Paper No. 10
Presentation Time: 3:15 PM


LIOU, Juhn G., Department of Geological Sciences, Stanford University, Stanford, CA 94305-2115, TATSUKI, Tatsuki, Pheasant Memorial Laboratory, Institute for Study of the Earth's Interior, Okayama University, Tottori-ken, Misasa, 682-0193, Japan and YANG, Jingsui, Institute of Geology, Chinese Academy of Geological Sciences, 26 Baiwanzhuang Road, Beijing, 100037, China,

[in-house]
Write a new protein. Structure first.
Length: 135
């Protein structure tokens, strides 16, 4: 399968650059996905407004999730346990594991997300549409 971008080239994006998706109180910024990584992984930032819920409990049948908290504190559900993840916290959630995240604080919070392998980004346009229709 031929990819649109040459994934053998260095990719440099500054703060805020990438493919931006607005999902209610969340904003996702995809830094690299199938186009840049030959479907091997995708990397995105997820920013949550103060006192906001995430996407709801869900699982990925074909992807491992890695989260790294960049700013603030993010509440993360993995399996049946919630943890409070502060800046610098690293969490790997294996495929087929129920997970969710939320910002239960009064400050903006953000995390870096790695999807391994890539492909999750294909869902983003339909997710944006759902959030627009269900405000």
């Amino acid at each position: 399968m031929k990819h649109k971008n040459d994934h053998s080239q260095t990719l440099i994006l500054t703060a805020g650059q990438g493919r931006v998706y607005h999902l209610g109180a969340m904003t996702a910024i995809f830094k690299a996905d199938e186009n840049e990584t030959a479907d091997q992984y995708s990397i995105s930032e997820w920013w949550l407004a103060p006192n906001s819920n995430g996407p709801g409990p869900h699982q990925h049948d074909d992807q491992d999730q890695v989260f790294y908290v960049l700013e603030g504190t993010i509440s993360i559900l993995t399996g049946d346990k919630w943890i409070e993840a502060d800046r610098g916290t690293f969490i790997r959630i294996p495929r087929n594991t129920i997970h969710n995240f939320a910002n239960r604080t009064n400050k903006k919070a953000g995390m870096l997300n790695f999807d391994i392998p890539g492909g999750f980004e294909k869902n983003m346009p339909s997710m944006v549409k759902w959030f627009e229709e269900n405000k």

Newly recognized occurrences of UHP minerals in UHT felsic granulites and in chromitites associated with ophiolitic complexes lead to speculation about supracrustal materials being recycled through deep subduction, mantle upwelling and return to the Earth’s surface. This suggestion is supported by crust-derived mineral inclusions in zircon separates from collision-type orogens and in ultramafics of some Alpine-Himalayan-Ural ophiolites. Possible correlation of ‘organic’ light carbon isotopes of diamond and moissanite in ophiolitic chromitite and in kimberlite xenoliths further suggest that UHP and “Superdeep” diamonds and moissanite may have been crustal origin. For examples, In-situ microdiamond (± moissanite) inclusions in chromite grains occur in numerous ophiolitic massifs along the 1400-km-long Yarlung-Zangbo suture between India and Asia, and in the Polar Ural Mountains. These UHP minerals and chromite containing exsolution lamellae of coesite + diopside suggest that the chromitites formed at P > 9–10 GPa at depths of > 250–300 km. The precursor phase most likely had a Ca-ferrite or Ca-titanite structure; both are polymorphs of Cr-spinel at P >12.5 and 20 GPa (at 2000°C) respectively. Some of these chromitities and associated peridotites also contain rare supracrustal zircon, corundum, felspar, Grt, Ky, Sil, Qtz and rutile, and have much older U-Pb zircon ages than the formation ages of ophiolites. These UHP mineral-bearing chromitites had a deep-seated evolution prior to extensional mantle upwelling and partial melting at shallow depths to form the overlying ophiolite complexes. These new findings together with the isotopic and inclusion characteristics of kimberlitic diamonds provide compelling evidence for deep subduction of oceanic/continental lithosphere, recycling of surface ‘organic’ carbon into the lower mantle, and exhumation to the Earth’s surface through deep mantle plume and upwelling.